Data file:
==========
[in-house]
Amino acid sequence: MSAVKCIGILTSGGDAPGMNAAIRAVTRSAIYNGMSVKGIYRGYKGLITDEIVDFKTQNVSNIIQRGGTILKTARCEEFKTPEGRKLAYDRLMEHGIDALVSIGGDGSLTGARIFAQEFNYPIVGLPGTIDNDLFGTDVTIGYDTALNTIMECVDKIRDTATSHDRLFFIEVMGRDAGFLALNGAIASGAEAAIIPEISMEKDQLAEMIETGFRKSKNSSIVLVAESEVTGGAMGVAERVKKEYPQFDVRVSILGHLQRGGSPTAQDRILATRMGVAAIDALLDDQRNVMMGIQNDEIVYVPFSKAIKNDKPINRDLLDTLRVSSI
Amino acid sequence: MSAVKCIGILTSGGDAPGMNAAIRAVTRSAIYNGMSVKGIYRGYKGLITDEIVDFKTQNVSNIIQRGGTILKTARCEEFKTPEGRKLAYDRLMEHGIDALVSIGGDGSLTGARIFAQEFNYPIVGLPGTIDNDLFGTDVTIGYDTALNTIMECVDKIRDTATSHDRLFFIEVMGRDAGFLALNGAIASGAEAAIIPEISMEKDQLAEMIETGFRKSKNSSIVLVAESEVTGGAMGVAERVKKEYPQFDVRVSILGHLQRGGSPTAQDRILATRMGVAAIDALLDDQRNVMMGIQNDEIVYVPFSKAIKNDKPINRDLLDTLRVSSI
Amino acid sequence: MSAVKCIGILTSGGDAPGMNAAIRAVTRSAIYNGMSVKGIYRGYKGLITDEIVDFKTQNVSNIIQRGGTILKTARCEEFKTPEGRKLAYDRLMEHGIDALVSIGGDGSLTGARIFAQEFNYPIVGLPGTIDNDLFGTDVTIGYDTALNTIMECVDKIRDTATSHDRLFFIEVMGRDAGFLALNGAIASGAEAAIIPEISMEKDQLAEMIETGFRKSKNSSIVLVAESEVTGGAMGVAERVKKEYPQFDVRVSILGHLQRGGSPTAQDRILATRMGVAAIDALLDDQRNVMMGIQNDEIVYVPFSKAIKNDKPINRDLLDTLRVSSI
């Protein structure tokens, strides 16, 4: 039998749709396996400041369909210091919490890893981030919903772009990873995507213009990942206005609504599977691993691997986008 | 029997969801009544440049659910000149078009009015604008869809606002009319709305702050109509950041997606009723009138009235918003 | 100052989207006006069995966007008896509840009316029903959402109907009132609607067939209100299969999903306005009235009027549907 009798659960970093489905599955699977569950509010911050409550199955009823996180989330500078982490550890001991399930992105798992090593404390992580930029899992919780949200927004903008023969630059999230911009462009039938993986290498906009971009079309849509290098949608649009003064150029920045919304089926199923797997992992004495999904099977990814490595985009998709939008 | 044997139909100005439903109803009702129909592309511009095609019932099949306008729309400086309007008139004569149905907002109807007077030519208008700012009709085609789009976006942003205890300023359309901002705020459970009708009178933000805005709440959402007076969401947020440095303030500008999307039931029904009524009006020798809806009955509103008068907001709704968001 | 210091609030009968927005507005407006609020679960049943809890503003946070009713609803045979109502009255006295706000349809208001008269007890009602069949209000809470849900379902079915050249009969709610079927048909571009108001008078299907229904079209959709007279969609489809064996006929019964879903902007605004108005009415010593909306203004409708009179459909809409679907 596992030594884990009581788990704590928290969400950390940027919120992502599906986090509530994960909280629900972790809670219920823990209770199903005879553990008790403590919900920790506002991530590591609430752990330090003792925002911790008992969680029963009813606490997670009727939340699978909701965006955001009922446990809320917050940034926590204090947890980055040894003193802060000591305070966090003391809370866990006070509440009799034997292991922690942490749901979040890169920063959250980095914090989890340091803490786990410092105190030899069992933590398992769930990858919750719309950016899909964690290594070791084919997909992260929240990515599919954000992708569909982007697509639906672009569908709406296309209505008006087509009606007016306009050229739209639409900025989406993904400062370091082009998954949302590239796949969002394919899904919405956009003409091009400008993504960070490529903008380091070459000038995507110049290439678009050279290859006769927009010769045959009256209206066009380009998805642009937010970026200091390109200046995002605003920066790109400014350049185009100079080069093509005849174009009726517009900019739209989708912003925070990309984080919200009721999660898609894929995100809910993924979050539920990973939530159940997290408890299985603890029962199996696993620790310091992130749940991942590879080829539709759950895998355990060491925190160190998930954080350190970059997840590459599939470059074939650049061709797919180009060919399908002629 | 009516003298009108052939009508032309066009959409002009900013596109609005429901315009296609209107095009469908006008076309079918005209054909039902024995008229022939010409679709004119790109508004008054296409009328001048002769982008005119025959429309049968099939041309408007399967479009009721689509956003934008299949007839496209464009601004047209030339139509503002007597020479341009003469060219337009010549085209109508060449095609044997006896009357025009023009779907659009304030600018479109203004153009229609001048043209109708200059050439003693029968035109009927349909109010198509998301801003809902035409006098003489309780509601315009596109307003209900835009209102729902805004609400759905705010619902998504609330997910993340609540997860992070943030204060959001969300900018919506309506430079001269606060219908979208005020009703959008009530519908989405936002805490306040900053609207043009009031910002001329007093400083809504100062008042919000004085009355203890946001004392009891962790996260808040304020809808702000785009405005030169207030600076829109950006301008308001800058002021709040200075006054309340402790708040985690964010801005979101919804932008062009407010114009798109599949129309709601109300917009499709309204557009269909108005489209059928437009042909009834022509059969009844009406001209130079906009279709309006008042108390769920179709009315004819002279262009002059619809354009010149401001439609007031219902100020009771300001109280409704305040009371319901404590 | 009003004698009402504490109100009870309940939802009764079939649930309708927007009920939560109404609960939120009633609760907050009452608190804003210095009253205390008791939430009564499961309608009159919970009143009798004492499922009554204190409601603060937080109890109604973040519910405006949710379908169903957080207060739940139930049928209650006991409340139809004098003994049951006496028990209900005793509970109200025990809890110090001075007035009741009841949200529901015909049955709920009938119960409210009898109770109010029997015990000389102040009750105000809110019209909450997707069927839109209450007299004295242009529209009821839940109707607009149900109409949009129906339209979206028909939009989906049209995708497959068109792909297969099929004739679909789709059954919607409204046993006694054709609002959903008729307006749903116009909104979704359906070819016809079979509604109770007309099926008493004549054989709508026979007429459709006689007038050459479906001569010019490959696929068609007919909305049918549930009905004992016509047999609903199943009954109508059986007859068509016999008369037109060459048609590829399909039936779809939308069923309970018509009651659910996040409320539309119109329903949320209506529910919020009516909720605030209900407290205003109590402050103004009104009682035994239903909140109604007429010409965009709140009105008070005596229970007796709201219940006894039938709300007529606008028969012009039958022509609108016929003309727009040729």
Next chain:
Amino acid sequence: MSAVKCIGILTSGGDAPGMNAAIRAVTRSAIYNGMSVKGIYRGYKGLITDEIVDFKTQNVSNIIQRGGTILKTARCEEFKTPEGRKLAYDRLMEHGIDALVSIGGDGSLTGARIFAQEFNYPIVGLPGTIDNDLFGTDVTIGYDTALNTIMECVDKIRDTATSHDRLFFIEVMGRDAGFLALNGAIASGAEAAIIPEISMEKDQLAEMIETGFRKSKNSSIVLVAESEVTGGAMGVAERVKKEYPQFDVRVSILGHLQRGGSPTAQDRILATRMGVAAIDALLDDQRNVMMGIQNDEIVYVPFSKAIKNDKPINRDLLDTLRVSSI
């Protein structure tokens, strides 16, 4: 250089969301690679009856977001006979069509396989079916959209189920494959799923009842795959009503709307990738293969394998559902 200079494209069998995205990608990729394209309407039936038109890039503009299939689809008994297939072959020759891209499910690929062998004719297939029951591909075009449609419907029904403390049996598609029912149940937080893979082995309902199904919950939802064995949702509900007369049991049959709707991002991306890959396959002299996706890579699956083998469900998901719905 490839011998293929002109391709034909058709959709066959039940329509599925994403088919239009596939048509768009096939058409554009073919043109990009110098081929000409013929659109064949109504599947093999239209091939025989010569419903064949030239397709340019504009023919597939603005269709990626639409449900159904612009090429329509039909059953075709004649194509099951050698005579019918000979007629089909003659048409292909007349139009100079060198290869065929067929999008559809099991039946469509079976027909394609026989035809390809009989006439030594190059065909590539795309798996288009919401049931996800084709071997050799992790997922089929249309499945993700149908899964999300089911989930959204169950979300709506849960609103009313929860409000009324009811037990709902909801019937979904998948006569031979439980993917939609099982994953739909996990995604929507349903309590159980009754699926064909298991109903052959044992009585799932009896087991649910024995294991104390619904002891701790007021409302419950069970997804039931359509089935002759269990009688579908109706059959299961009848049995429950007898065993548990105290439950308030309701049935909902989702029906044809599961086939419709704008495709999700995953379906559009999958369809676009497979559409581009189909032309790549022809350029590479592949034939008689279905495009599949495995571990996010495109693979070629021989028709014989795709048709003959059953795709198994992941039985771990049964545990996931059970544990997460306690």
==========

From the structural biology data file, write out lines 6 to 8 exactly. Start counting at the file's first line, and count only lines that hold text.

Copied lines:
Next chain:
Amino acid sequence: MSAVKCIGILTSGGDAPGMNAAIRAVTRSAIYNGMSVKGIYRGYKGLITDEIVDFKTQNVSNIIQRGGTILKTARCEEFKTPEGRKLAYDRLMEHGIDALVSIGGDGSLTGARIFAQEFNYPIVGLPGTIDNDLFGTDVTIGYDTALNTIMECVDKIRDTATSHDRLFFIEVMGRDAGFLALNGAIASGAEAAIIPEISMEKDQLAEMIETGFRKSKNSSIVLVAESEVTGGAMGVAERVKKEYPQFDVRVSILGHLQRGGSPTAQDRILATRMGVAAIDALLDDQRNVMMGIQNDEIVYVPFSKAIKNDKPINRDLLDTLRVSSI
């Protein structure tokens, strides 16, 4: 250089969301690679009856977001006979069509396989079916959209189920494959799923009842795959009503709307990738293969394998559902 200079494209069998995205990608990729394209309407039936038109890039503009299939689809008994297939072959020759891209499910690929062998004719297939029951591909075009449609419907029904403390049996598609029912149940937080893979082995309902199904919950939802064995949702509900007369049991049959709707991002991306890959396959002299996706890579699956083998469900998901719905 490839011998293929002109391709034909058709959709066959039940329509599925994403088919239009596939048509768009096939058409554009073919043109990009110098081929000409013929659109064949109504599947093999239209091939025989010569419903064949030239397709340019504009023919597939603005269709990626639409449900159904612009090429329509039909059953075709004649194509099951050698005579019918000979007629089909003659048409292909007349139009100079060198290869065929067929999008559809099991039946469509079976027909394609026989035809390809009989006439030594190059065909590539795309798996288009919401049931996800084709071997050799992790997922089929249309499945993700149908899964999300089911989930959204169950979300709506849960609103009313929860409000009324009811037990709902909801019937979904998948006569031979439980993917939609099982994953739909996990995604929507349903309590159980009754699926064909298991109903052959044992009585799932009896087991649910024995294991104390619904002891701790007021409302419950069970997804039931359509089935002759269990009688579908109706059959299961009848049995429950007898065993548990105290439950308030309701049935909902989702029906044809599961086939419709704008495709999700995953379906559009999958369809676009497979559409581009189909032309790549022809350029590479592949034939008689279905495009599949495995571990996010495109693979070629021989028709014989795709048709003959059953795709198994992941039985771990049964545990996931059970544990997460306690």